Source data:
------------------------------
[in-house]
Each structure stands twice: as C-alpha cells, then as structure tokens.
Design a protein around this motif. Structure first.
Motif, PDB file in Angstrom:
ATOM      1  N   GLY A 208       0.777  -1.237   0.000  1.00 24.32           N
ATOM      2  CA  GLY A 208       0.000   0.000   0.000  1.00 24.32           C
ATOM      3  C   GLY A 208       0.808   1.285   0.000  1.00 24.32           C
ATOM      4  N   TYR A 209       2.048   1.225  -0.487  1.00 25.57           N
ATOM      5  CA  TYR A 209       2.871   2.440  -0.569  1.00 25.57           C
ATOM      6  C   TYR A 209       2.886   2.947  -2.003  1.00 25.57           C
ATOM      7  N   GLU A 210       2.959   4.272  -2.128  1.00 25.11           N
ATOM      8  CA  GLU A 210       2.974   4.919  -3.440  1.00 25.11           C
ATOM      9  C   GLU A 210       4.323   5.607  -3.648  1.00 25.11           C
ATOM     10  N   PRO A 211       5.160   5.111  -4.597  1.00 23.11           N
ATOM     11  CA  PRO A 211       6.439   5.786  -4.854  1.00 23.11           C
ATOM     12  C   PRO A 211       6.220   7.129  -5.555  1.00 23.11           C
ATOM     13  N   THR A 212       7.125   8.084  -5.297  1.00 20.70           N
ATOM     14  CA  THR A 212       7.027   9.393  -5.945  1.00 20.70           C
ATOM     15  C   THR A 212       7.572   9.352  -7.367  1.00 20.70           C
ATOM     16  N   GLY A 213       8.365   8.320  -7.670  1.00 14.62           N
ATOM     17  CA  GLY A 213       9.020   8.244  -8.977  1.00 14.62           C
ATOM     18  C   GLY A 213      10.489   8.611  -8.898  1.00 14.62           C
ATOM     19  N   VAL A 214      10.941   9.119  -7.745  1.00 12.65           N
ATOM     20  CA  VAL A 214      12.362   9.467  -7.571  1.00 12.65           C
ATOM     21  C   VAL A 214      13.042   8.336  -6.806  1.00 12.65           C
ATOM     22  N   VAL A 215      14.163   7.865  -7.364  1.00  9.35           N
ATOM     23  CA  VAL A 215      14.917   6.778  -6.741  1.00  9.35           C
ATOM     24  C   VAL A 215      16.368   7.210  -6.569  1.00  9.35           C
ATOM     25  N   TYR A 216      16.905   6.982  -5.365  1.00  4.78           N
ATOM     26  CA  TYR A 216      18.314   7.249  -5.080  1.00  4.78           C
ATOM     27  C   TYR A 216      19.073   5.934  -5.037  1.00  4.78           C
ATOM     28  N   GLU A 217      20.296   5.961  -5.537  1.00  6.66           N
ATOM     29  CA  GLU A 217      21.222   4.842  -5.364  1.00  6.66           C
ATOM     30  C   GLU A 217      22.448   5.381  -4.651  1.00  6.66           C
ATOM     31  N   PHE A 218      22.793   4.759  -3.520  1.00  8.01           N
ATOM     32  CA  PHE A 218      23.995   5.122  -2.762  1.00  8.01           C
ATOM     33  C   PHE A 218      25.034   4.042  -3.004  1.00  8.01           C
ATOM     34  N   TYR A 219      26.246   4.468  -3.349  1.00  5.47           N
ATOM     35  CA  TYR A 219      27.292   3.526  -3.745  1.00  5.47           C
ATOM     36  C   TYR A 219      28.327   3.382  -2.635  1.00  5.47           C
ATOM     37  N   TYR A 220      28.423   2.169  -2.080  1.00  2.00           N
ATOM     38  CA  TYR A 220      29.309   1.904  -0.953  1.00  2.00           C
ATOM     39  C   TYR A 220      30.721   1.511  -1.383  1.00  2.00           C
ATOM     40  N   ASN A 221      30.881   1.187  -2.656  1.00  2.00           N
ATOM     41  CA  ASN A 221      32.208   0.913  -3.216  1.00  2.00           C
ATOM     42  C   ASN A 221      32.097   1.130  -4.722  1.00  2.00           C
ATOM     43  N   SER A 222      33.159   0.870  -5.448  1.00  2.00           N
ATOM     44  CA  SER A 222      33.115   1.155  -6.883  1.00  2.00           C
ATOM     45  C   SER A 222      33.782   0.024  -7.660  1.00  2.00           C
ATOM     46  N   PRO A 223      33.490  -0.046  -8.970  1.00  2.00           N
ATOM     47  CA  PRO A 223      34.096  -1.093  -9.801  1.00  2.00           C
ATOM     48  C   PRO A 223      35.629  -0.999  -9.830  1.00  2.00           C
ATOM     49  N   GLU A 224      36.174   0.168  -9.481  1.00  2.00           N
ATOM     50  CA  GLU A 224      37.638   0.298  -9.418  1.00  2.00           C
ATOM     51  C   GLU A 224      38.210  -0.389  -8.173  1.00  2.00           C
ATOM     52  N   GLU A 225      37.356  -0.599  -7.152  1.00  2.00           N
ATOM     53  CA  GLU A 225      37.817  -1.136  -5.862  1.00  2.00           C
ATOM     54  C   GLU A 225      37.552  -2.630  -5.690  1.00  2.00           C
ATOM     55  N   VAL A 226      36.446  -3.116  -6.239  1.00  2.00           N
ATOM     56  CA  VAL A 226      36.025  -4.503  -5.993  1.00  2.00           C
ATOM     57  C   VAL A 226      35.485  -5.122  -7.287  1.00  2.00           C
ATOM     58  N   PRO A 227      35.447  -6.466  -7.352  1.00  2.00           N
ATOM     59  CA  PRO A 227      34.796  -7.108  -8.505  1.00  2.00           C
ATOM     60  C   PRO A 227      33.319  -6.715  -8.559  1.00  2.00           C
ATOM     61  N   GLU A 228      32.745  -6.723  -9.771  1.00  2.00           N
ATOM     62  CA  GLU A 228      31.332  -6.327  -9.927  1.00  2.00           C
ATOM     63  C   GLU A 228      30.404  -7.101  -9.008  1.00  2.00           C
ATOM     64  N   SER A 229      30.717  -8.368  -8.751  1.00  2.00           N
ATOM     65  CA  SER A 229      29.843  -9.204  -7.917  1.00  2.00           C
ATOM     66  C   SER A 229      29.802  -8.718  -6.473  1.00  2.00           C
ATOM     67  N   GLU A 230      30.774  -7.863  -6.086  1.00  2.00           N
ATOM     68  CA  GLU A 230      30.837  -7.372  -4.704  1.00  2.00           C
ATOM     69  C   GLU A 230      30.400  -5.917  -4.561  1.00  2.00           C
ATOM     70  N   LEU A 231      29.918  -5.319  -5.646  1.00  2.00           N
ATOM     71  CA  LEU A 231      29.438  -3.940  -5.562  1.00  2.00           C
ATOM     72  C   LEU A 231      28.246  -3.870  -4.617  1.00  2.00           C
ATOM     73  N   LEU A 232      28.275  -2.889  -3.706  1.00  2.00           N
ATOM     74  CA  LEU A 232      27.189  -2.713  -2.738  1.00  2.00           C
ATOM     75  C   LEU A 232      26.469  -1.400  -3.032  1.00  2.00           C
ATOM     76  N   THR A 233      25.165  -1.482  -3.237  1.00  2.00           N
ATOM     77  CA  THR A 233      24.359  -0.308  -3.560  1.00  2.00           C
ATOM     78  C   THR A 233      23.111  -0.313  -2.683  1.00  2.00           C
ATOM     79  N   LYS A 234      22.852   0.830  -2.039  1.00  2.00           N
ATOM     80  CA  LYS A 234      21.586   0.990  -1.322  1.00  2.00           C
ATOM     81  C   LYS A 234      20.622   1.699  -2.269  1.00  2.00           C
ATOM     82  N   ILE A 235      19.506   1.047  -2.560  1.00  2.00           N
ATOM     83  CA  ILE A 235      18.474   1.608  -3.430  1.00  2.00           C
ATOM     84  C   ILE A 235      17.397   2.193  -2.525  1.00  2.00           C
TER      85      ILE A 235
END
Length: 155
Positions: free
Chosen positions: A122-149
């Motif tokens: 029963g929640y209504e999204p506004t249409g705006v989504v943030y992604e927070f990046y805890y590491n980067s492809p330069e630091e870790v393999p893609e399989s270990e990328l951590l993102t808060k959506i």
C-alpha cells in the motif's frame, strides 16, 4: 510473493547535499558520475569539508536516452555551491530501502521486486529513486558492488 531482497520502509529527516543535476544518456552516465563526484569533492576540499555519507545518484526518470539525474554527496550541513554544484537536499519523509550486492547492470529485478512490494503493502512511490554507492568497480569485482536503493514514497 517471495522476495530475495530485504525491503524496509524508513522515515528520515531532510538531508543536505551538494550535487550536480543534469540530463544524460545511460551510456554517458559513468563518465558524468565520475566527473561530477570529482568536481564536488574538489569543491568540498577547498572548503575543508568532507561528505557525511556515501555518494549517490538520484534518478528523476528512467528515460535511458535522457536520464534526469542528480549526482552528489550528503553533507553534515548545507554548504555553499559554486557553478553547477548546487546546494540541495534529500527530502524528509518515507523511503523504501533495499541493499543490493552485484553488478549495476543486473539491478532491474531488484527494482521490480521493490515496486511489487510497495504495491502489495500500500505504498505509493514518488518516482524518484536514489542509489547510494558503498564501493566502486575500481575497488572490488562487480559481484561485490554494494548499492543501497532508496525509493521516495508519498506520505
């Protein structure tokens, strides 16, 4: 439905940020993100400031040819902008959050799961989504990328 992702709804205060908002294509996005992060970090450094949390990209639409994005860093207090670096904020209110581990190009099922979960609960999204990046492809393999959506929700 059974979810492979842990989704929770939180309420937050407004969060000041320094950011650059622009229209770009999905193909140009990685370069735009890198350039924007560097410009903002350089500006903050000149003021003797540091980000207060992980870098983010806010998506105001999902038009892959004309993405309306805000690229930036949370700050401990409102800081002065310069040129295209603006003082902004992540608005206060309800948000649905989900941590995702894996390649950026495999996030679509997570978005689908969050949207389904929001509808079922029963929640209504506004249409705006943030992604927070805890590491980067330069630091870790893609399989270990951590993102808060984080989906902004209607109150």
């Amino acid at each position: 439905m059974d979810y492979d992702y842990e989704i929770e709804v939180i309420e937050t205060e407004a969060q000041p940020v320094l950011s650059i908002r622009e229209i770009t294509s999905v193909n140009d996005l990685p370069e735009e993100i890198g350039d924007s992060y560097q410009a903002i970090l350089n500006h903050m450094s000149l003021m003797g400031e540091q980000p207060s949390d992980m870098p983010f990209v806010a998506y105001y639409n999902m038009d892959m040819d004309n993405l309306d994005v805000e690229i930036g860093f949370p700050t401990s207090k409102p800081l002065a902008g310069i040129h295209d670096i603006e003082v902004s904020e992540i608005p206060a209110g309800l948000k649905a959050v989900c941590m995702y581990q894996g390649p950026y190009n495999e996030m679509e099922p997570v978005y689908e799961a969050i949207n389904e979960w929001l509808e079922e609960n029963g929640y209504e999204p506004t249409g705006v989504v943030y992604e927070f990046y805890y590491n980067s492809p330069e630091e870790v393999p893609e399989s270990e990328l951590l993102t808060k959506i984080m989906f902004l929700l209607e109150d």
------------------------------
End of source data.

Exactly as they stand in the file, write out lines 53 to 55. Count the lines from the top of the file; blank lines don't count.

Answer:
ATOM     49  N   GLU A 224      36.174   0.168  -9.481  1.00  2.00           N
ATOM     50  CA  GLU A 224      37.638   0.298  -9.418  1.00  2.00           C
ATOM     51  C   GLU A 224      38.210  -0.389  -8.173  1.00  2.00           C